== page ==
Arapahoe Basin slides in on little notice to beat out Keystone as first to open for season | AspenTimes.com

Arapahoe Basin slides in on little notice to beat out Keystone as first to open for season

Deepan Dutta
Summit Daily
Skiers and riders line up at the Black Mountain Express lift, which opened at 3:30 p.m. Friday, kicking off ski season in North America.
Liz Copan / Summit Daily

FRISCO — Just as skiers and riders were getting excited for ski season to kick off Saturday at Keystone Resort, Arapahoe Basin Ski Area announced at 1:45 p.m. Friday that it would start spinning the Black Mountain Express lift later in the afternoon.

The lift loaded at 3:30 p.m. Friday and ran for two hours, providing access to the High Noon intermediate trail. After closing for the 2018-19 season July 4, A-Basin was closed for only 99 days, the shortest offseason in its history, according to a news release.

“We did this because the snow is really good, our people are anxious, and we are ready to go,” A-Basin Chief Operating Officer Alan Henceroth wrote in his blog. “We thought it would be fun.”

Lift tickets, which were $15 for Friday’s two-hour opening, will be priced starting Saturday at $95 for adults, $80 for youths ages 15-18 and $51 for children ages 6-14.

Keystone Resort will open at 9 a.m. Saturday, its earliest opening day in more than 20 years.

Keystone will operate the River Run Gondola and Montezuma Express lift with access to Schoolmarm, Silver Spoon and Last Chance runs. Skiing and riding will be open from the top of Dercum Mountain to the bottom of the Montezuma lift. At the end of the day, skiers and riders will download on the River Run Gondola to return to the base area.

Keystone credited the early opening to significant investments in its snowmaking infrastructure, including an automated system that allows the resort to operate more efficiently during the early season.

“With Keystone’s early opening, and Breckenridge’s plan to operate through Memorial Day, the two resorts will offer one of the longest ski seasons in the country … ,” Keystone’s new Vice President and General Manager Jody Churich was quoted as saying in a news release. “Our mountain operations team put in a tremendous amount of hard work to get our new snowmaking system ready for Keystone’s early opening.”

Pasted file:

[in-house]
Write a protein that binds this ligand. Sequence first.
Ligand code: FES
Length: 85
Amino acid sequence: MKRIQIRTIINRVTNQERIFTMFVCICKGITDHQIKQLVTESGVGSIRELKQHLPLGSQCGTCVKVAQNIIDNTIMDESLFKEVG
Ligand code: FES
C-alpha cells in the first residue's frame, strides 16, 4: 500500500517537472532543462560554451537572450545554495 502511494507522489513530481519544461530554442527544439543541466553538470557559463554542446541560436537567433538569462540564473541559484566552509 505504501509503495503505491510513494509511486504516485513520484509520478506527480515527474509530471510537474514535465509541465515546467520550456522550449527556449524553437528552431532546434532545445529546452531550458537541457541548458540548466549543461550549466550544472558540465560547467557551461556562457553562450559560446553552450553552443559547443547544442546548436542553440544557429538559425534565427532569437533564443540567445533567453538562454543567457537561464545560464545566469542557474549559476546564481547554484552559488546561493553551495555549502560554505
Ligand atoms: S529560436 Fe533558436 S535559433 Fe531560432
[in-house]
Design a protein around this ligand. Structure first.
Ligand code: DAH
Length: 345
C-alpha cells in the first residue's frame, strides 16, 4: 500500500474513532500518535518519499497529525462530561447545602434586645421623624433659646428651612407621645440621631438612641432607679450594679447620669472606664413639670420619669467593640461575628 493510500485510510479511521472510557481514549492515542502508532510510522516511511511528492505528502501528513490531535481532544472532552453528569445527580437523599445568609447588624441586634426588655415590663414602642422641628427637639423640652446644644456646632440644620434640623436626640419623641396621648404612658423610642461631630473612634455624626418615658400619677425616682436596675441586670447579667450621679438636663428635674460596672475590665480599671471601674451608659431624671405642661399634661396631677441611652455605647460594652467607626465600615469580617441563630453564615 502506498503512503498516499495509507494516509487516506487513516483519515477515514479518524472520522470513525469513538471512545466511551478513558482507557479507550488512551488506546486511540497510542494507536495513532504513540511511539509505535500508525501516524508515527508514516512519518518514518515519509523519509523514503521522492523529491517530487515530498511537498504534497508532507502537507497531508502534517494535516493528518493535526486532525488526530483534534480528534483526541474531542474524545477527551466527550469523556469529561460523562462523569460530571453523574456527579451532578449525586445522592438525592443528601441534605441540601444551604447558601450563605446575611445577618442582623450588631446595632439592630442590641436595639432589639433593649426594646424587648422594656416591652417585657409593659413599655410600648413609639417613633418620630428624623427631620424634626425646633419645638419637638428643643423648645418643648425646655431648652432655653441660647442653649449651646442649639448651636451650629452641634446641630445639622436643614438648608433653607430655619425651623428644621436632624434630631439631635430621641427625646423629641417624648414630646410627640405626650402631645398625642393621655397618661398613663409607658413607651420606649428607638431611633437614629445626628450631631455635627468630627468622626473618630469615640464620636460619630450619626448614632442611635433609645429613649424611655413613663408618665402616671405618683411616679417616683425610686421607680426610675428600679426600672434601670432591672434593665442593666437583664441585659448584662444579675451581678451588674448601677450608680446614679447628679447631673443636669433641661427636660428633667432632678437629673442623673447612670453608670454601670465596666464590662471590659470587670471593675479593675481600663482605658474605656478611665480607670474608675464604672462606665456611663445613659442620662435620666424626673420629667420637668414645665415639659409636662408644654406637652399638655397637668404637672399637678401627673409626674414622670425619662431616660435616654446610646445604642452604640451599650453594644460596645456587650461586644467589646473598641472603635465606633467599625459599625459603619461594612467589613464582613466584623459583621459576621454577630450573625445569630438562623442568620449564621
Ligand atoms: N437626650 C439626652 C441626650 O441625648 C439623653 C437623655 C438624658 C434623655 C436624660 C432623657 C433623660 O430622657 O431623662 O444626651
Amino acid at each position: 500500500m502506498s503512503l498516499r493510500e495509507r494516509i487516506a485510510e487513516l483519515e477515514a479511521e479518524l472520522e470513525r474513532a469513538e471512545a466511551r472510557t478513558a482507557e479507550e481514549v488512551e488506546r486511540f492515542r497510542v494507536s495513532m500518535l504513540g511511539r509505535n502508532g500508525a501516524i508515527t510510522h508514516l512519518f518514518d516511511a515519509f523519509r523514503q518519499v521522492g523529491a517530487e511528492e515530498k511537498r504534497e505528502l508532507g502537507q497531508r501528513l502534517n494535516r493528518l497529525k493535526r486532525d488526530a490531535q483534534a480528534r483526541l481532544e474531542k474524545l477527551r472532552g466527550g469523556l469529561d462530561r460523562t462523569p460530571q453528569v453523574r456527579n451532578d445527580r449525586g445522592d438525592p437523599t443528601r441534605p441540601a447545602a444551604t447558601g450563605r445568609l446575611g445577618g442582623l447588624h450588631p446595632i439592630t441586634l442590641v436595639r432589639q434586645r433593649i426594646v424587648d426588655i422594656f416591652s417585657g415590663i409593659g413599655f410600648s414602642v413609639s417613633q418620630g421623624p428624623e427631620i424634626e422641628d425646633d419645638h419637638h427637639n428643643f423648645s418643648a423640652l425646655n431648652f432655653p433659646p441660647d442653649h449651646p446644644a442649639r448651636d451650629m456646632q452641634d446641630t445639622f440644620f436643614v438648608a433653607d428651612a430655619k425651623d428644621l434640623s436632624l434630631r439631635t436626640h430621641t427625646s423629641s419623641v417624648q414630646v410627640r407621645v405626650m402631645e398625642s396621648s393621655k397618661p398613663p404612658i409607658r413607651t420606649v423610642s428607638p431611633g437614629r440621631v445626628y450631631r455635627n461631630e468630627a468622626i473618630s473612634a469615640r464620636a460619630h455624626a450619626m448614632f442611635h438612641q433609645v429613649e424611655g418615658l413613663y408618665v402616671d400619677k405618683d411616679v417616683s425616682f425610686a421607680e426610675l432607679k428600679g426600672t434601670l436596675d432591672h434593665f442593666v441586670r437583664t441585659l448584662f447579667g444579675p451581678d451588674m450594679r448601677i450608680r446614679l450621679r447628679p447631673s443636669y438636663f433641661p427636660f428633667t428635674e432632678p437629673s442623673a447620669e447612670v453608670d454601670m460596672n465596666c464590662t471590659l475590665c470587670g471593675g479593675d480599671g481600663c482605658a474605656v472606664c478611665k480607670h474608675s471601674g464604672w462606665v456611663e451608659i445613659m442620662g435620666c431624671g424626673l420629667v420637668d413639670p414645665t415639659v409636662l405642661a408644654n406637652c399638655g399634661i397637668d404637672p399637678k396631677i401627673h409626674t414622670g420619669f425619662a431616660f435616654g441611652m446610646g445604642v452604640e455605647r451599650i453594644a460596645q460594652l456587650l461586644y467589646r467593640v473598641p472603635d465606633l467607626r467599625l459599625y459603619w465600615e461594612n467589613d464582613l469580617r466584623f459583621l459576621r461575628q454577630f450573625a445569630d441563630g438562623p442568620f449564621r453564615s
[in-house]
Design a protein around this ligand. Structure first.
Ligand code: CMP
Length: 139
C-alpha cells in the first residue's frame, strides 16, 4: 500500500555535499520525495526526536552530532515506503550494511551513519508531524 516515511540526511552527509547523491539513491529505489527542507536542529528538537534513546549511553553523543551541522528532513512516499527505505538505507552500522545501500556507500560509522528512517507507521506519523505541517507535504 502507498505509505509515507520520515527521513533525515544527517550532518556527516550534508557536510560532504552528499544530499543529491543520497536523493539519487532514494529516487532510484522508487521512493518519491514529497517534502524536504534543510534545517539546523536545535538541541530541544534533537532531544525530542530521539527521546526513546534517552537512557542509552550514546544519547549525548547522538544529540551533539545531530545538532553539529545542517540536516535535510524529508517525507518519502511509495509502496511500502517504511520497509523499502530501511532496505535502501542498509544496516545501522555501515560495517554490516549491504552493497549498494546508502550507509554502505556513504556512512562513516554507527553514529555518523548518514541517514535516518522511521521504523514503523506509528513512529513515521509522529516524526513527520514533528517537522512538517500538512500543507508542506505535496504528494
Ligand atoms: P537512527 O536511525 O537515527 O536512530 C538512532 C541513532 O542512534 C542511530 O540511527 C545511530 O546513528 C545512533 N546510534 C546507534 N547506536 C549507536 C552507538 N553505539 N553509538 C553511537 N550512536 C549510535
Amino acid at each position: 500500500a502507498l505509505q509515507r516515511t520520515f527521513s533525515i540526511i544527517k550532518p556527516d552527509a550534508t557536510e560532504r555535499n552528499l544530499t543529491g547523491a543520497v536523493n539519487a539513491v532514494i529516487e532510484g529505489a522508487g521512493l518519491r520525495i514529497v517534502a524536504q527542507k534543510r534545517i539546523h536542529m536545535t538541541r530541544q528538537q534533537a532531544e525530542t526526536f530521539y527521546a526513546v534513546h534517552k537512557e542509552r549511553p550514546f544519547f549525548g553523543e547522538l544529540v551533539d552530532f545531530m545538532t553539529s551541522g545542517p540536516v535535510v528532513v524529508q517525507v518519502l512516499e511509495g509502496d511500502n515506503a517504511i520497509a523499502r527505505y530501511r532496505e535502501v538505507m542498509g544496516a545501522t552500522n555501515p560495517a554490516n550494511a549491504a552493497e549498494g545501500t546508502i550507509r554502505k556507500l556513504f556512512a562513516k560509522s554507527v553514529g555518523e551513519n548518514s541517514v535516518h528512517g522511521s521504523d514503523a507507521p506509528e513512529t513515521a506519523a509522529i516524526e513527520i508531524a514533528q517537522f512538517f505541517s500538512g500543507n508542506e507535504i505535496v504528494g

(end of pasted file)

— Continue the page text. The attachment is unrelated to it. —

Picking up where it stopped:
Both ski areas are reporting an 18-inch base on a mix of man-made and natural snow.

After the first major storm of the season dropped as much as 12 inches in the peaks surrounding Summit County on Thursday, the weather forecast looks warm and dry for the Colorado mountains.

“It’s kind of like Groundhog Day probably until late next week,” National Weather Service meteorologist Dennis Phillips said about a forecast that calls for highs in the upper 50s to low 60s for the coming week. “There will be some high passing clouds, but otherwise we’re going to be on a general warming trend through the rest of the weekend.”

Phillips said high temperatures are expected to be seasonable or slightly above normal. There is a possibility of a storm next weekend, he said, but it’s too soon to say with any certainty.

“If things pan out … maybe toward next weekend,” Phillips said about the next chance for snow.

The good news for ski resorts in the area is the overnight lows, which are forecast to be in the low 20s and even teens.

At Loveland Ski Area, which used to battle with Arapahoe Basin for the “first to open” honor, officials said the mountain will not open this weekend but crews are aiming for mid-October.

Breckenridge Ski Resort and Copper Mountain Resort are scheduled to open Nov. 8. Aspen Mountain and Snowmass are scheduled to open on Thanksgiving (Nov. 28) and then Buttermilk and Aspen Highlands on Dec. 7.


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